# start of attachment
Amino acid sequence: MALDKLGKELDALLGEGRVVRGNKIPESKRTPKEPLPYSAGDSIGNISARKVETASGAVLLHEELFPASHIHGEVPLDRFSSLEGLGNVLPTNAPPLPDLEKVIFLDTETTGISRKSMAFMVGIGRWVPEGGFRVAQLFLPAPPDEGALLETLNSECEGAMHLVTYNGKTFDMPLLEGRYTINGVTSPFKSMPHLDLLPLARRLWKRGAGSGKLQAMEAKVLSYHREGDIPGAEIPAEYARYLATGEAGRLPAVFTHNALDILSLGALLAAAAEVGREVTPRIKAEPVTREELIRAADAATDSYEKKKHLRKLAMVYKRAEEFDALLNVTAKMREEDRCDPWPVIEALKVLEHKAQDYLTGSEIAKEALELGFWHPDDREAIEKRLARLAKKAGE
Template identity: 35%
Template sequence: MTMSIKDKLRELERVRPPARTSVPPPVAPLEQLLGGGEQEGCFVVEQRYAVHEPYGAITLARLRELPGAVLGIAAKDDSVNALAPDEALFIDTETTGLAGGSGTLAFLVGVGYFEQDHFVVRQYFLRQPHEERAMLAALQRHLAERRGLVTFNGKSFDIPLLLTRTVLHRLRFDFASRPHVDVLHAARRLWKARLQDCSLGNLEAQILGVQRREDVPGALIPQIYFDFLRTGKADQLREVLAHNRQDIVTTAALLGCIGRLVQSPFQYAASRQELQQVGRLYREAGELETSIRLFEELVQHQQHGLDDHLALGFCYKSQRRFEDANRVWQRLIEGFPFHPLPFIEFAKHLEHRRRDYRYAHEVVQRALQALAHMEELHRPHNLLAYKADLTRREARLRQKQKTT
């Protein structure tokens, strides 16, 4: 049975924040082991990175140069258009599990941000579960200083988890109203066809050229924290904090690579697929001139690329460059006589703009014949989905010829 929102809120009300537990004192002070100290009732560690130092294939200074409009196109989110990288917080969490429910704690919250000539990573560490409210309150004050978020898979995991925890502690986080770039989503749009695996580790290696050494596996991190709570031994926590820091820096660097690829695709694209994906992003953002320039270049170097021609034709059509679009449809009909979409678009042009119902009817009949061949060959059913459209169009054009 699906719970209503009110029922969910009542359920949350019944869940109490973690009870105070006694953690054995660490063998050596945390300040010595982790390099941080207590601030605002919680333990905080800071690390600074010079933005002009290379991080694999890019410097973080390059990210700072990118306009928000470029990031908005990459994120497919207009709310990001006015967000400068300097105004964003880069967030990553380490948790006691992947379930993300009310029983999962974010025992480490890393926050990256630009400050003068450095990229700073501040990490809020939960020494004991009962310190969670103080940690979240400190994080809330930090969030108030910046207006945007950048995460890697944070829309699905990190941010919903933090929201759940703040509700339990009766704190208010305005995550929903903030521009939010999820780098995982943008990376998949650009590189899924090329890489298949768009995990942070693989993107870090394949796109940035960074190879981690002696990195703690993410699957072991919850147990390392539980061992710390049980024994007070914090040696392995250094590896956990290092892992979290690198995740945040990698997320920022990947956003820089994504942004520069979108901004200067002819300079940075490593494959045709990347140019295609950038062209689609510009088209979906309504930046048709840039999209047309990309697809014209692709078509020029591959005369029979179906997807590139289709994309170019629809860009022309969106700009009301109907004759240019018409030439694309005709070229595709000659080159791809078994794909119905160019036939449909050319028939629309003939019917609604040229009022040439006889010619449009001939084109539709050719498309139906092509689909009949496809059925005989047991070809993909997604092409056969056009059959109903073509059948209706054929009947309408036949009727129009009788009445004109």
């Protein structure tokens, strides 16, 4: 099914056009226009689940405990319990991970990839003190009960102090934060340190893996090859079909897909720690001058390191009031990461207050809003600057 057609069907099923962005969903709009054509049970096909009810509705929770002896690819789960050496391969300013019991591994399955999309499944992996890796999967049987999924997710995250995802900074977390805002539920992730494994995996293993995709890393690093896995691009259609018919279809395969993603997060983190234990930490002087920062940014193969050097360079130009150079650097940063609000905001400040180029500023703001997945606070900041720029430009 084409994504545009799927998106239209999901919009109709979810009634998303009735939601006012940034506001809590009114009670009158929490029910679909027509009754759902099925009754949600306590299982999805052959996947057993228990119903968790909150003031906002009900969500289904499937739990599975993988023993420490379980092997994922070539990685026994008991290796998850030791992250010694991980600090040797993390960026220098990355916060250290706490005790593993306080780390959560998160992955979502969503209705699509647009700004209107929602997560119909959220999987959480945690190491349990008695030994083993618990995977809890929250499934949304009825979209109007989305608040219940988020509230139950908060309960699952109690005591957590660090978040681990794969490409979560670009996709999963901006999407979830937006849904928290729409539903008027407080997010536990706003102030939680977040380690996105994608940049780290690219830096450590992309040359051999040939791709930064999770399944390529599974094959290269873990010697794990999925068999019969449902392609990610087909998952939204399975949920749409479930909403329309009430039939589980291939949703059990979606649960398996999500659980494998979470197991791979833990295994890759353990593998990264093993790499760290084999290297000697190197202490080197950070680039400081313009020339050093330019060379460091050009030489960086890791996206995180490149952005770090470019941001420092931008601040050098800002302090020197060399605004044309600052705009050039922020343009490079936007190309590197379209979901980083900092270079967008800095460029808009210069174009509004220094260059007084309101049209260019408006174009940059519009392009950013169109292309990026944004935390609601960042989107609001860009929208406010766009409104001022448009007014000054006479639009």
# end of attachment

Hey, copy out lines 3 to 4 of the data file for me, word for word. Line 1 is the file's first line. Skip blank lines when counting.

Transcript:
Template sequence: MTMSIKDKLRELERVRPPARTSVPPPVAPLEQLLGGGEQEGCFVVEQRYAVHEPYGAITLARLRELPGAVLGIAAKDDSVNALAPDEALFIDTETTGLAGGSGTLAFLVGVGYFEQDHFVVRQYFLRQPHEERAMLAALQRHLAERRGLVTFNGKSFDIPLLLTRTVLHRLRFDFASRPHVDVLHAARRLWKARLQDCSLGNLEAQILGVQRREDVPGALIPQIYFDFLRTGKADQLREVLAHNRQDIVTTAALLGCIGRLVQSPFQYAASRQELQQVGRLYREAGELETSIRLFEELVQHQQHGLDDHLALGFCYKSQRRFEDANRVWQRLIEGFPFHPLPFIEFAKHLEHRRRDYRYAHEVVQRALQALAHMEELHRPHNLLAYKADLTRREARLRQKQKTT
């Protein structure tokens, strides 16, 4: 049975924040082991990175140069258009599990941000579960200083988890109203066809050229924290904090690579697929001139690329460059006589703009014949989905010829 929102809120009300537990004192002070100290009732560690130092294939200074409009196109989110990288917080969490429910704690919250000539990573560490409210309150004050978020898979995991925890502690986080770039989503749009695996580790290696050494596996991190709570031994926590820091820096660097690829695709694209994906992003953002320039270049170097021609034709059509679009449809009909979409678009042009119902009817009949061949060959059913459209169009054009 699906719970209503009110029922969910009542359920949350019944869940109490973690009870105070006694953690054995660490063998050596945390300040010595982790390099941080207590601030605002919680333990905080800071690390600074010079933005002009290379991080694999890019410097973080390059990210700072990118306009928000470029990031908005990459994120497919207009709310990001006015967000400068300097105004964003880069967030990553380490948790006691992947379930993300009310029983999962974010025992480490890393926050990256630009400050003068450095990229700073501040990490809020939960020494004991009962310190969670103080940690979240400190994080809330930090969030108030910046207006945007950048995460890697944070829309699905990190941010919903933090929201759940703040509700339990009766704190208010305005995550929903903030521009939010999820780098995982943008990376998949650009590189899924090329890489298949768009995990942070693989993107870090394949796109940035960074190879981690002696990195703690993410699957072991919850147990390392539980061992710390049980024994007070914090040696392995250094590896956990290092892992979290690198995740945040990698997320920022990947956003820089994504942004520069979108901004200067002819300079940075490593494959045709990347140019295609950038062209689609510009088209979906309504930046048709840039999209047309990309697809014209692709078509020029591959005369029979179906997807590139289709994309170019629809860009022309969106700009009301109907004759240019018409030439694309005709070229595709000659080159791809078994794909119905160019036939449909050319028939629309003939019917609604040229009022040439006889010619449009001939084109539709050719498309139906092509689909009949496809059925005989047991070809993909997604092409056969056009059959109903073509059948209706054929009947309408036949009727129009009788009445004109």